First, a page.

Tag: Temporary Staffing

Call Them Temps. Call Them Contractors. Call Them Consultants. Whatever You Call Them – You Need Them!

by Jeanne Knutzen | September 22, 2015

0 Blog, Flexible Staffing Strategies Employment Agency Bellevue, Flexible WorkForce, hiring, PACE Staffing Network, Recruiting, strategic staffing, Temporary Staffing, Temporary Staffing In Seattle, workforce solutions

Call Them Temps. Call Them Contractors. Call Them Consultants. Whatever You Call Them – You Need Them! Employers who have mastered the management of large and strategically focused flexible workforce's, and have learned to embrace this workforce rather than see it as a necessary evil, know that the workforce strategies represented by these workers are anything but temporary. … Read More »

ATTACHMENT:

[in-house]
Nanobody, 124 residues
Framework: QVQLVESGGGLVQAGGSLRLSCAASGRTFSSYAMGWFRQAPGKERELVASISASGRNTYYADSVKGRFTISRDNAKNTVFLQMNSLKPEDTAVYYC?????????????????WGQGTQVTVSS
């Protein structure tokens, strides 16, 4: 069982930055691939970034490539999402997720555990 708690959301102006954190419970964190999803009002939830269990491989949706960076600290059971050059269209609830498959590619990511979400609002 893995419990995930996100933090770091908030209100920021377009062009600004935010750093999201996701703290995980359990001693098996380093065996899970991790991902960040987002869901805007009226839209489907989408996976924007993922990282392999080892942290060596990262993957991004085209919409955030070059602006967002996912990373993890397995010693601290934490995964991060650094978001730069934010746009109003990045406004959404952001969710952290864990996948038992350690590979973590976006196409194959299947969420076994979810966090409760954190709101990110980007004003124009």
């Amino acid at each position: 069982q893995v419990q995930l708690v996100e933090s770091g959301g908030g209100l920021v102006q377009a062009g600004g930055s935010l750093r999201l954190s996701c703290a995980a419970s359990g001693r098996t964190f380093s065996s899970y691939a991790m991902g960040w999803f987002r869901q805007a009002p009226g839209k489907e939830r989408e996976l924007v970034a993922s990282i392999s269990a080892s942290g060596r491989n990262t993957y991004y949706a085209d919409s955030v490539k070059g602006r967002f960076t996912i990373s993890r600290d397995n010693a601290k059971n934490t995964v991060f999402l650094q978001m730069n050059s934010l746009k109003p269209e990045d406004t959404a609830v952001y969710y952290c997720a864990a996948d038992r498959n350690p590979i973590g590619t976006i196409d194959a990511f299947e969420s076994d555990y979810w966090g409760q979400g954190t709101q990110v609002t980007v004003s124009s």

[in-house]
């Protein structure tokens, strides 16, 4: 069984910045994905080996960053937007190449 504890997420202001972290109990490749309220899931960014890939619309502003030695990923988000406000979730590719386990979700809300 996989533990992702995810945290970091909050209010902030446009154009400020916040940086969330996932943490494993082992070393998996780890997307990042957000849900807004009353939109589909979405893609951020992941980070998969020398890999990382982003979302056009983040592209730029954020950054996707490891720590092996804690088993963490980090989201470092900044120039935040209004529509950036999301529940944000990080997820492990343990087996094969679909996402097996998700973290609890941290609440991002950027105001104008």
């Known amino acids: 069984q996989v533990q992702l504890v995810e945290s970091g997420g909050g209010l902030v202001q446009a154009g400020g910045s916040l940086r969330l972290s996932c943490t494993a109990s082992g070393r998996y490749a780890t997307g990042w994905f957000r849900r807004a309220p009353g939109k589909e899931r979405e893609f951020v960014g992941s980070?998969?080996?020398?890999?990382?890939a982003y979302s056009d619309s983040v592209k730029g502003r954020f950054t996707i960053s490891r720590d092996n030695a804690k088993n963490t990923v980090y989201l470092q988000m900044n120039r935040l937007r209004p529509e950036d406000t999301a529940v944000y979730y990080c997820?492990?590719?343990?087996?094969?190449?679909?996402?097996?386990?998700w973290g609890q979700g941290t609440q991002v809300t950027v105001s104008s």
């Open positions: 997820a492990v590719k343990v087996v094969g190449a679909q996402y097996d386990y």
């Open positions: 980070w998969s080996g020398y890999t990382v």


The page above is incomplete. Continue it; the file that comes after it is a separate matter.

To Rise “Above the Crowd” You Must “Make a Difference”

by Jeanne Knutzen | September 3, 2015

0 Blog, Human Resource Roles, INFO AND RESOURCES FOR JOB SEEKERS above the crowd, differences, employers, Employment Agency, Employment Agency Bellevue, hiring, Hiring Seattle, jobs, jobs seattle, make a difference, Seattle Staffing Agencies, Staffing Agency, temp jobs, Temporary Staffing

“Above the Crowd” is just one more way for us to talk about “making a difference” which has been a watchword for our company, the PACE Staffing Network, since its founding over 35 years ago. Being different by finding people for our clients who “make a difference”, and by helping our clients differentiate their businesses from their competitors, is, for us, the one and only way to truly rise “above the crowd”. … Read More »

A Quick Look At Flexible Staffing Strategies 2009-2014

by Jeanne Knutzen | April 2, 2014